US universities continue to face increased scrutiny regarding their campus-related outbreaks, such as at Appalachian State University, where more than 700 confirmed cases have been reported since early June. Additional epidemiological investigations and studies are needed to further understand and address risk factors for outbreaks at US colleges. One study, published in the US CDC’s MMWR, aimed to fill in some outstanding gaps. The authors documented the reopening process and subsequent COVID-19 outbreak for an unnamed university in North Carolina. The school implemented various preventive measures, including reduced capacity in classrooms and dining halls, reduced occupancy in residence halls, increased take-out options at dining halls, daily symptom monitoring, mandatory mask use in indoor spaces, physical distancing, and prohibitions on gatherings or more than 10 people indoors and 25 people outdoors. Adherence data was not available for any of these measures. Despite the social and physical distancing measures implemented at the university, the school reported 18 clusters of 5 or more linked cases, which accounted for 201 of 670 total confirmed cases from August 3-25. Of these clusters, 8 were in residence halls, 5 were linked to fraternities or sororities, 4 were among athletic teams, and 1 was in an off-campus apartment. After reporting 334 cases, the school transitioned all classes to remote, and it implemented measures to further limit residency in on-campus student housing. Student gatherings and congregate living were identified as contributing factors to the campus outbreak.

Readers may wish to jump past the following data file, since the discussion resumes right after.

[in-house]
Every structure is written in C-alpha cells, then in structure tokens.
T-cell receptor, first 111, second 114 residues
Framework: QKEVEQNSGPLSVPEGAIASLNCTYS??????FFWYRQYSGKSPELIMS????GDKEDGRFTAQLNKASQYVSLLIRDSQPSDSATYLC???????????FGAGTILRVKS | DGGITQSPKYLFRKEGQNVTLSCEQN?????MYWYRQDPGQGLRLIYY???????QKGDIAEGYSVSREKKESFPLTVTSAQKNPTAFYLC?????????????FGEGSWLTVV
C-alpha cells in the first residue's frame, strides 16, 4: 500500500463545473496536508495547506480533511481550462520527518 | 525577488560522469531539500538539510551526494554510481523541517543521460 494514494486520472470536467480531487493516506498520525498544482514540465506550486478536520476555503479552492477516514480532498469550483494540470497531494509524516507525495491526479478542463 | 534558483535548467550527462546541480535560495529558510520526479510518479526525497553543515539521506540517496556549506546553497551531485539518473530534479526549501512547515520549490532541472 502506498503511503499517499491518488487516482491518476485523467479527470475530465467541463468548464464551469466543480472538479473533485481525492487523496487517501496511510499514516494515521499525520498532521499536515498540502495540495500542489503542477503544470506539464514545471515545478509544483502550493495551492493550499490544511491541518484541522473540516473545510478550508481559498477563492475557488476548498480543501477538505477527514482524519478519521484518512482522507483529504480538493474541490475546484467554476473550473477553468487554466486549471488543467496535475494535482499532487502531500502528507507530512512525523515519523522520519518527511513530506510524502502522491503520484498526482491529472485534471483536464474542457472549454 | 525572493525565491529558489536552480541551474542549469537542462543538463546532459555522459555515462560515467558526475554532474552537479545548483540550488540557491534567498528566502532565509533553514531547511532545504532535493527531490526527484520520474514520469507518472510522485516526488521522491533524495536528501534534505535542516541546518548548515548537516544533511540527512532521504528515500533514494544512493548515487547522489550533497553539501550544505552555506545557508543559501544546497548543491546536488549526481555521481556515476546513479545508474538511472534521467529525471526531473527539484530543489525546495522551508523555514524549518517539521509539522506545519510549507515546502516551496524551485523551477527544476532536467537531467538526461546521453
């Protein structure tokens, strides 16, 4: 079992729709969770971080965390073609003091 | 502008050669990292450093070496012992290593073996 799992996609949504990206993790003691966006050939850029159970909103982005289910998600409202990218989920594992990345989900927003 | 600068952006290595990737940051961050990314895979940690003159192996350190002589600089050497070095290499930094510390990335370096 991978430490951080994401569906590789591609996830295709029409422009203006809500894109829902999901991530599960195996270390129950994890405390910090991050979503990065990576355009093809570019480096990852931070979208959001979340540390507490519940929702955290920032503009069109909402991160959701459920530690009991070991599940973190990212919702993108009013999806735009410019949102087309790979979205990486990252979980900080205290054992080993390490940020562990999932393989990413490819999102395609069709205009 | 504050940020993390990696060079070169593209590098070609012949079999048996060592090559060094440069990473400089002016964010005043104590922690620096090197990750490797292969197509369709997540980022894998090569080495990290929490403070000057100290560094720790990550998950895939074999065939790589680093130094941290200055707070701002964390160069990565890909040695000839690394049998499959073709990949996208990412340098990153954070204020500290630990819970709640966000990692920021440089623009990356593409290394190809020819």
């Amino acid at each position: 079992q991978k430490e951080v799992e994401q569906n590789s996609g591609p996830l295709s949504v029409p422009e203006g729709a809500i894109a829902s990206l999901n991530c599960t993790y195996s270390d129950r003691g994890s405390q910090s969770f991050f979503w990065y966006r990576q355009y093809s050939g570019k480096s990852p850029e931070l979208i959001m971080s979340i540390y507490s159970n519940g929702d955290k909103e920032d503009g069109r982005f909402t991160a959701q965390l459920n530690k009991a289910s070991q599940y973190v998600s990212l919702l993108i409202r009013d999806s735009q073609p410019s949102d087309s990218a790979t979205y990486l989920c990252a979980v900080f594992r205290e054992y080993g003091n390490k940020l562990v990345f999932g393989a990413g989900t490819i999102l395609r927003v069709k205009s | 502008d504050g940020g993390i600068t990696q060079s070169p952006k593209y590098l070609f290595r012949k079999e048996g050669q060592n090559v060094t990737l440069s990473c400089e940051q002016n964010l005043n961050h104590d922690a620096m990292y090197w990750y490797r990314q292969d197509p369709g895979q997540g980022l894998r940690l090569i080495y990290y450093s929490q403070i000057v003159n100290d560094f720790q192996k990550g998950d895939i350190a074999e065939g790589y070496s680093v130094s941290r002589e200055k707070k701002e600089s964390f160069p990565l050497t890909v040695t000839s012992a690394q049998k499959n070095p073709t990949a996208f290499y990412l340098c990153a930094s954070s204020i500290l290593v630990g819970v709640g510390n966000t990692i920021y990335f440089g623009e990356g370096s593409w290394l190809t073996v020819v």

MULTISYSTEM INFLAMMATORY SYNDROME Multisystem inflammatory syndrome in children (MIS-C), is a rare, severe complication of SARS-CoV-2 infection in pediatric patients that can lead to hospital admission or death. A similar condition has not been well documented in adults, but researchers from the CDC COVID-19 Response Team published a study in the CDC’s MMWR provides analysis of 27 adult patients determined to have a related condition, MIS-A. The patients exhibited cardiovascular, gastrointestinal, dermatologic and neurological symptoms without severe respiratory presentation, similar to what has been observed in children experiencing MIS-C. The researchers used a case definition requiring 5 criteria: (1) severe illness requiring hospitalization in a patient aged 21 years or older; (2) current or recent SARS-CoV-2 infection; (3) severe impairment of one or more non-respiratory organ system; (4) evidence of severe inflammation, indicated by various laboratory analyses; and (5) absence of moderate or severe respiratory illness. The authors recommended that clinicians consider a MIS-A diagnosis for relevant clinical manifestations and use serological testing, if needed, to confirm current or recent SARS-CoV-2 infection. Notably, 8 of the 27% patients included in this study did not have any documented positive SARS-CoV-2 diagnostic test, although all had positive serological tests. Further study is needed to better characterize MIS-A, including whether it is associated with acute COVID-19 disease or if it is “an entirely post-acute phenomenon.”